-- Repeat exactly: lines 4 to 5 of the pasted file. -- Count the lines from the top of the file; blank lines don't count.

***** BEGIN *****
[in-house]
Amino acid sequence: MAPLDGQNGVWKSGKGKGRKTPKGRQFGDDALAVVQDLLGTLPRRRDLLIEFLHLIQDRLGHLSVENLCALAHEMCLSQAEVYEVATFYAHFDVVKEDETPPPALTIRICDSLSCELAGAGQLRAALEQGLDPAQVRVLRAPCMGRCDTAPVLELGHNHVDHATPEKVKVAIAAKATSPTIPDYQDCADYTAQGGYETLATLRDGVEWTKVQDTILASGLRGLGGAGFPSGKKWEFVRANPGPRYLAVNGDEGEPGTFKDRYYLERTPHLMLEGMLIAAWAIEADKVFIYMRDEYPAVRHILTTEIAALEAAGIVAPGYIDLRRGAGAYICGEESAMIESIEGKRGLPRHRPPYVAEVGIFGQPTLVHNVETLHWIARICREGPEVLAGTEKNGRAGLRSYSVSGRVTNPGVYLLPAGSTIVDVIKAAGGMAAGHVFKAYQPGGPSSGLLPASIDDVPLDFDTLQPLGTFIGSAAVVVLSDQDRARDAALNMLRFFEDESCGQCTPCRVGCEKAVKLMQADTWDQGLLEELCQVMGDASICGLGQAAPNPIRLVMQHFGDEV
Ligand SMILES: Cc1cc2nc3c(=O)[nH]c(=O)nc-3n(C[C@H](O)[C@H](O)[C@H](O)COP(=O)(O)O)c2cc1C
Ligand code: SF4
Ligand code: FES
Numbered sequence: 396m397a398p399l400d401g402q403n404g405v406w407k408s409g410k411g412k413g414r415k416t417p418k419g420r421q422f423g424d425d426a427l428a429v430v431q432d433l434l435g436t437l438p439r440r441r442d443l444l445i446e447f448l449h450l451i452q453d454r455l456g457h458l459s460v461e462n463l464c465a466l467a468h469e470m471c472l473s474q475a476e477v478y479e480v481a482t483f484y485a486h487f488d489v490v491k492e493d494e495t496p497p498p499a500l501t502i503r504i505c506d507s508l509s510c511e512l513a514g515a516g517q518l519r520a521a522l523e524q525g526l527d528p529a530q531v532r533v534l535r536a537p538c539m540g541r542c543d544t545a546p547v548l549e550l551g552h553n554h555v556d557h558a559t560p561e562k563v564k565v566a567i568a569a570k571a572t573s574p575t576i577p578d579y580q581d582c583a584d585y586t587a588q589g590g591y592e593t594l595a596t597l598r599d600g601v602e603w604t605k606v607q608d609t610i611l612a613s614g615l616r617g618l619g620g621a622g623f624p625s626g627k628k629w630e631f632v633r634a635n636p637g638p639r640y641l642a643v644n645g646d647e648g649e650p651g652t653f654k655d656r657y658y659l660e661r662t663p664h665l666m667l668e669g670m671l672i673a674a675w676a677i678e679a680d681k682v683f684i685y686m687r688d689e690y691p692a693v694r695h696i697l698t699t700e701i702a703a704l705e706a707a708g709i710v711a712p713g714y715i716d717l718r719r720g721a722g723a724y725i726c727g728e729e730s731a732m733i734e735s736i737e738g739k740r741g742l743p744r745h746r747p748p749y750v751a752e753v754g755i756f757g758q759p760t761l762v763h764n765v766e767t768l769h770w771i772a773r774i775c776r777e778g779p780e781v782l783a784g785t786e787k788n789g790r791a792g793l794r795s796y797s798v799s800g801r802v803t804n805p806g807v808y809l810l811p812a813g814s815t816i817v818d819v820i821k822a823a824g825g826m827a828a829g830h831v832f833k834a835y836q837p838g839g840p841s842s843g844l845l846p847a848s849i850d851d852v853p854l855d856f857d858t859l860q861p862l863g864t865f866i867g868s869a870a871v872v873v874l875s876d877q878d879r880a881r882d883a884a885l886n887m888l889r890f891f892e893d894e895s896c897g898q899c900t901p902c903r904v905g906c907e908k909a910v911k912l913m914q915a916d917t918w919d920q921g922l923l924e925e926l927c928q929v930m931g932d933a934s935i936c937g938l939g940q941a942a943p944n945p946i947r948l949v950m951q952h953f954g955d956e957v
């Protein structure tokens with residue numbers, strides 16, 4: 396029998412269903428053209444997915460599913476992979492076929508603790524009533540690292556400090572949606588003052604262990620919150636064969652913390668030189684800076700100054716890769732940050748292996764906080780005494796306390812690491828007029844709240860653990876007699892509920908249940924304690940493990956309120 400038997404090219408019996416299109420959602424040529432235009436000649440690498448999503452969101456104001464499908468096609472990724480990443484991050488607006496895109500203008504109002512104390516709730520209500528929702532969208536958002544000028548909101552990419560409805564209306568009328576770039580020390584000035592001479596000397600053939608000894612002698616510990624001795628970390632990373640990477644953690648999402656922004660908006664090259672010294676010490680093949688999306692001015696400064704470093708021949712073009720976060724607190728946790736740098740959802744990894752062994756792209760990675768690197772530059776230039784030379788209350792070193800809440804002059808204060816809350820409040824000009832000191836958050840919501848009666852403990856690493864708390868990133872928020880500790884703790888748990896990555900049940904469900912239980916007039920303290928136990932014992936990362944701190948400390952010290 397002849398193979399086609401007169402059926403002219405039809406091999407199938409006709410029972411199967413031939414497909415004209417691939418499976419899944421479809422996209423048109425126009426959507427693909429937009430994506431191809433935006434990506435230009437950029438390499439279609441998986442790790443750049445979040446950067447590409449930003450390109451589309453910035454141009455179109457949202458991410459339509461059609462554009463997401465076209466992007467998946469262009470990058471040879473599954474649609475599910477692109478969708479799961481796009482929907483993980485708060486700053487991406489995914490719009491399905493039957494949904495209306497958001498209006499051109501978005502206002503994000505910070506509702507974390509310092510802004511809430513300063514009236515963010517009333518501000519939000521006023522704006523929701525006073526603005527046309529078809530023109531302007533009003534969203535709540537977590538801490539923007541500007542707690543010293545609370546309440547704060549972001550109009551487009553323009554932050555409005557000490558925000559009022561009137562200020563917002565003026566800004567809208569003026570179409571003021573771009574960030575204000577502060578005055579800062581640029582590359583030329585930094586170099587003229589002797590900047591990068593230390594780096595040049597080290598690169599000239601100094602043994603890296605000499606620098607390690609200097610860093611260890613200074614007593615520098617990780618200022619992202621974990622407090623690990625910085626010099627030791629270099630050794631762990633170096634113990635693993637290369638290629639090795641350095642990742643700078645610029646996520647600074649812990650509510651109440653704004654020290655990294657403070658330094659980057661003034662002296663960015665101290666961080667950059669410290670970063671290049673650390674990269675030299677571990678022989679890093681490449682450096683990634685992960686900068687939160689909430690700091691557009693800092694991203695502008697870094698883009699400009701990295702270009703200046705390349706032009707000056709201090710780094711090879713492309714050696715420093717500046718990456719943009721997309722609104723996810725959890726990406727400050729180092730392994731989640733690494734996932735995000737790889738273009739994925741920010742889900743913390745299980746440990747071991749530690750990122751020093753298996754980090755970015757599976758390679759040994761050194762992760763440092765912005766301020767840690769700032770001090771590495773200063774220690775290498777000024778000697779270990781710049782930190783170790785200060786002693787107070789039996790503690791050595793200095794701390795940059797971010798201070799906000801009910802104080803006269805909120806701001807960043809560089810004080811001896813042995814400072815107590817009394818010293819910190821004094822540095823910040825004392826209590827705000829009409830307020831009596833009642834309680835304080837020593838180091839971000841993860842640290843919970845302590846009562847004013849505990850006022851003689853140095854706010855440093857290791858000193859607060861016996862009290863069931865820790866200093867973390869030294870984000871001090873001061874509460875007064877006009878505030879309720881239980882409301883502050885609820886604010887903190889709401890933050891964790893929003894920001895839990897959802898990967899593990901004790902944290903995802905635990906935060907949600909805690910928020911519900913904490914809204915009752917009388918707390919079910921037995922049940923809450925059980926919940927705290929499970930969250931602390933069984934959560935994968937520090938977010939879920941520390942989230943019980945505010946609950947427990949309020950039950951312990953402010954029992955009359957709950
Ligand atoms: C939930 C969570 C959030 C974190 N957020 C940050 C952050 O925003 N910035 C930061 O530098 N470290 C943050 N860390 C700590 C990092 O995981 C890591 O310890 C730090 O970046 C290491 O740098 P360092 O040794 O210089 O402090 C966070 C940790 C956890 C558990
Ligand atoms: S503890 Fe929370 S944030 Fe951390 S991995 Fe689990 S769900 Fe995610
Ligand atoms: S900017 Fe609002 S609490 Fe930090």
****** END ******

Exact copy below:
Ligand code: SF4
Ligand code: FES